The tip is to find something convenient. For example, I'd probably never daily clone my local files. But for a server, it's be as close to live-clone as possible. So it really depends on preference, as well as something like your net connection speed.

It's not as easy as marketing makes it out to be.

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  #13  
09-15-2018, 04:14 AM
TechKnowledgist TechKnowledgist is offline
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Disaster-proof archival storage uses a 3-2-1 backup system.
3 Copies
2 Local
1 Off-site

So, store your collection on a computer Internal or External drive. Maintain a backup copy of your collection using a second dedicated backup drive, and, sync your collection with either a cloud service or a third drive stored off-site. Like at work or in a safe deposit box.

In this scenario, Cloud storage is actually the more secure method since in the event of a major disaster (say flooding or wild fire) it is possible for your off-site location to suffer the same fate as your home. It's less likely the Cloud service AND both of your storage drives would become compromised simultaneously. Also, Cloud backup is easier to maintain than an drive stored off-site.

There is, however, no way to protect against a total global EMP. I suppose you could make a story board.
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09-15-2018, 04:25 AM
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Quote:
Originally Posted by TechKnowledgist View Post
There is, however, no way to protect against a total global EMP. I suppose you could make a story board.
Don't overlook hackers breaching the security of the cloud. Even AWS and Google have hacking incidents.

And don't overlook that internet speeds determine how well it can be used. With some internet connections, and some services, it'd take months of 24/7 uploading to truly back yourself up.

In theory, it's a good option, but in practical terms, it may not be.

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  #15  
09-15-2018, 04:57 AM
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Some genealogy services incorporate Cloud storage with the family historian in mind. Forever, Mylio and BackBlaze are all solid Cloud storage services. Adobe Creative Cloud, Apple iCloud and Google Drive are all acceptable sync services, but should not be considered a dedicated backup.
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  #16  
09-15-2018, 08:10 AM
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Quote:
Originally Posted by lordsmurf View Post
As much as I wish I could say Google Drive, I don't trust Google to not knee-jerk change their product offering at a whim. That has happened so many times over the past decade.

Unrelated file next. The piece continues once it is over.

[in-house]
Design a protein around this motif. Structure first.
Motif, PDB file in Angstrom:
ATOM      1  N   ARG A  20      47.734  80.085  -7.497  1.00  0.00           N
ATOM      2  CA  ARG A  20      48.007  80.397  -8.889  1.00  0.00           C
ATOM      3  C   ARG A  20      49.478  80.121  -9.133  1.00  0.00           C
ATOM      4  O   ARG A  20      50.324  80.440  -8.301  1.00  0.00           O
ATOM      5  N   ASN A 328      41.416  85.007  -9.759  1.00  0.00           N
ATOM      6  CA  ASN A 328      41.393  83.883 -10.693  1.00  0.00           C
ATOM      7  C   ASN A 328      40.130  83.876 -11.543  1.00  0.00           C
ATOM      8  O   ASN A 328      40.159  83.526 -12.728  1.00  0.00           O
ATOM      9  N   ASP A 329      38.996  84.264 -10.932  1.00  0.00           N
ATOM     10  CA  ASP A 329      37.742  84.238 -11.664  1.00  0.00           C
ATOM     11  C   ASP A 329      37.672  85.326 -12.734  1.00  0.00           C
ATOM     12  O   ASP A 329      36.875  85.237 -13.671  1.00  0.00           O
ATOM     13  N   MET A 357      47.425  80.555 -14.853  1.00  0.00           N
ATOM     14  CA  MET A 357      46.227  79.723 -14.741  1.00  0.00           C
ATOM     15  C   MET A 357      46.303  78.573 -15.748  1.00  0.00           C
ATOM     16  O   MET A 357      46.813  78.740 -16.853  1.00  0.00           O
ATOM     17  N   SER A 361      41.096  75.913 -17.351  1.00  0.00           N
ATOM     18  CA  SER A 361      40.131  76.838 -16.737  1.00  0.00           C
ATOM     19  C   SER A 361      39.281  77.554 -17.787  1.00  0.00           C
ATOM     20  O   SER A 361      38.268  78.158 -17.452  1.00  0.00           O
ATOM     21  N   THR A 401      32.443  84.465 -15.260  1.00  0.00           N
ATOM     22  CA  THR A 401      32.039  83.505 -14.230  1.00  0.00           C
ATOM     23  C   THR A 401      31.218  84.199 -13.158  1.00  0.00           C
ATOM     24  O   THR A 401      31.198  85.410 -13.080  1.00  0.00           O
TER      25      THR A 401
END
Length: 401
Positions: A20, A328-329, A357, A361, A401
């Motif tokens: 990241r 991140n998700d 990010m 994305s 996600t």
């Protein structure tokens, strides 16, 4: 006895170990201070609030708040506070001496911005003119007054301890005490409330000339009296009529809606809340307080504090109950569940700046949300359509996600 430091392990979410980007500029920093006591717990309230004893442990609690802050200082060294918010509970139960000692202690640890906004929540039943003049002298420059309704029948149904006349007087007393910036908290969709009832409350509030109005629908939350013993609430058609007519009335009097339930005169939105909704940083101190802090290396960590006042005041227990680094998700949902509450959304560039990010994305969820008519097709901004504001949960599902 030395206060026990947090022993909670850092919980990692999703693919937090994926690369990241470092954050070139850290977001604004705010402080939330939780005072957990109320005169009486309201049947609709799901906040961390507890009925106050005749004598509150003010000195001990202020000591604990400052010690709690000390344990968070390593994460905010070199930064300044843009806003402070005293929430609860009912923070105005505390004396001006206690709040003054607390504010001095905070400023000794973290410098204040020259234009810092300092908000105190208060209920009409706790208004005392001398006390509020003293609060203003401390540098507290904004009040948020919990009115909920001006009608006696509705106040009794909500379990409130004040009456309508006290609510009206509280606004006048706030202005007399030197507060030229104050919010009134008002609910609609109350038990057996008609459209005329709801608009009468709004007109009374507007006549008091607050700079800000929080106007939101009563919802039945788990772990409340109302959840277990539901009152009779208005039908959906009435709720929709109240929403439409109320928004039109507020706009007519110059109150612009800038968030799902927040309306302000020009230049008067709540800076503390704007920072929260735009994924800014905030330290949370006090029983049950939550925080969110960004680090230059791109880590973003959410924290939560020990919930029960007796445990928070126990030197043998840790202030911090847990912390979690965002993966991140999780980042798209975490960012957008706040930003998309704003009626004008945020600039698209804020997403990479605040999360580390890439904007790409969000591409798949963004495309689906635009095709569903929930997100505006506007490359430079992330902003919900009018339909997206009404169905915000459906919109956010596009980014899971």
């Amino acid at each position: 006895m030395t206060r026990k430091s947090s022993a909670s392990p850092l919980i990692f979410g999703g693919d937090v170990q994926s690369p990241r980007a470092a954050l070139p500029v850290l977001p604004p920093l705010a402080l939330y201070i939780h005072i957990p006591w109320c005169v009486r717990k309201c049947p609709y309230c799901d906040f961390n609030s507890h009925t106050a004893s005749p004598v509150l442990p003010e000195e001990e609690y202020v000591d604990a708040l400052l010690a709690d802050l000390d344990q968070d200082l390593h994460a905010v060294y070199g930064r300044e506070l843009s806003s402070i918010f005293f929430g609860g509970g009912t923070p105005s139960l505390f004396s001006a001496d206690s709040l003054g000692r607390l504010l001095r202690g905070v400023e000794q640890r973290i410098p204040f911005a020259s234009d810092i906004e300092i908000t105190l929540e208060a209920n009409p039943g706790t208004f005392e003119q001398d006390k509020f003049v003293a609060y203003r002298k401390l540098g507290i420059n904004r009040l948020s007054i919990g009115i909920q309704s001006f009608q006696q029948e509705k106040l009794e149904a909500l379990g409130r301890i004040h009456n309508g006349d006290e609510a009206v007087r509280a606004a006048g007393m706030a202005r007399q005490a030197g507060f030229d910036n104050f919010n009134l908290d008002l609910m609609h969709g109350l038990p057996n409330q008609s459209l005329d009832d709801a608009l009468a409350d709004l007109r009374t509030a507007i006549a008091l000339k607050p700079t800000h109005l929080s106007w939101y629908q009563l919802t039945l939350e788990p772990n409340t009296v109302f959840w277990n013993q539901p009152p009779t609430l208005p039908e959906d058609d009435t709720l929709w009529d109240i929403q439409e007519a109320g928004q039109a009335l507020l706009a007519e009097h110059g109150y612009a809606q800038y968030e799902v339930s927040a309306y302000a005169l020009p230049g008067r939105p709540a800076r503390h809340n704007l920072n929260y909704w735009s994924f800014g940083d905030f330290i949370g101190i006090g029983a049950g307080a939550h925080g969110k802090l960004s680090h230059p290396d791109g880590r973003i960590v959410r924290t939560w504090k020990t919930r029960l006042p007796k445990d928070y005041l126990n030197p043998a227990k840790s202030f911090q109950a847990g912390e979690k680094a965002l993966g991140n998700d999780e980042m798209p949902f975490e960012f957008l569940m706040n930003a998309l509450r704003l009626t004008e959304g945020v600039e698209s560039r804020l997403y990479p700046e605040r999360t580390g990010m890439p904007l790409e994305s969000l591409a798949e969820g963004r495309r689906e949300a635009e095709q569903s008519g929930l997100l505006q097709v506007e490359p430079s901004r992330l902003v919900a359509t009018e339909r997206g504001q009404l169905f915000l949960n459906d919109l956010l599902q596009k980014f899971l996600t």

Dropbox is just as bad.

You have things like Backblaze or AWS (Amazon).

The tip is to find something convenient. For example, I'd probably never daily clone my local files. But for a server, it's be as close to live-clone as possible. So it really depends on preference, as well as something like your net connection speed.

It's not as easy as marketing makes it out to be.
What is your opinion of the best online storage?
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  #17  
09-15-2018, 12:20 PM
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The 3-2-1 method overlooks nothing. The question is not the security of the service but the security of your data. Sure, stuff can happen to a Cloud service that is beyond your control, same goes for your physical possessions. That's why you back it up. The key to ensuring that irreplaceable family memories such as photos and videos will survive the test of time is redundancy. I also discourage people from tossing their original media after having digitized it, and encourage proper archival storage methods. Some listen, some don't.
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  #18  
09-16-2018, 08:43 AM
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Well, I view online backup services as being out of your control, and you are trusting them for security and maintenance of that backup. The question was about "long-term", and I consider long-term to be at least 10 years. For many reasons, be it the company dissolving, or breaches over the decade-long period, it's honestly not long-term. Those companies simply are not trustworthy over that period of time.

It's short-term, backups that you retain for a year or less.

It can still fit into a 3-2-1, but 3-2-1 also isn't nuanced enough. You can retain daily, weekly, monthly, and annual backups. The 3-2-1 somewhat overlooks that, and trying to 3-2-1 on every backup cycle (daily especially) often isn't feasible.

Tossing old media, videotapes especially, is something we also heavily discourage at this site.

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  #19  
09-30-2018, 05:50 AM
Eric-Jan Eric-Jan is offline
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you can't use it on a sunny day.
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  #20  
11-28-2018, 02:34 PM
gamemaniaco gamemaniaco is offline
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What is the most reliable and secure free cloud service to store 50GB? they do not delete my files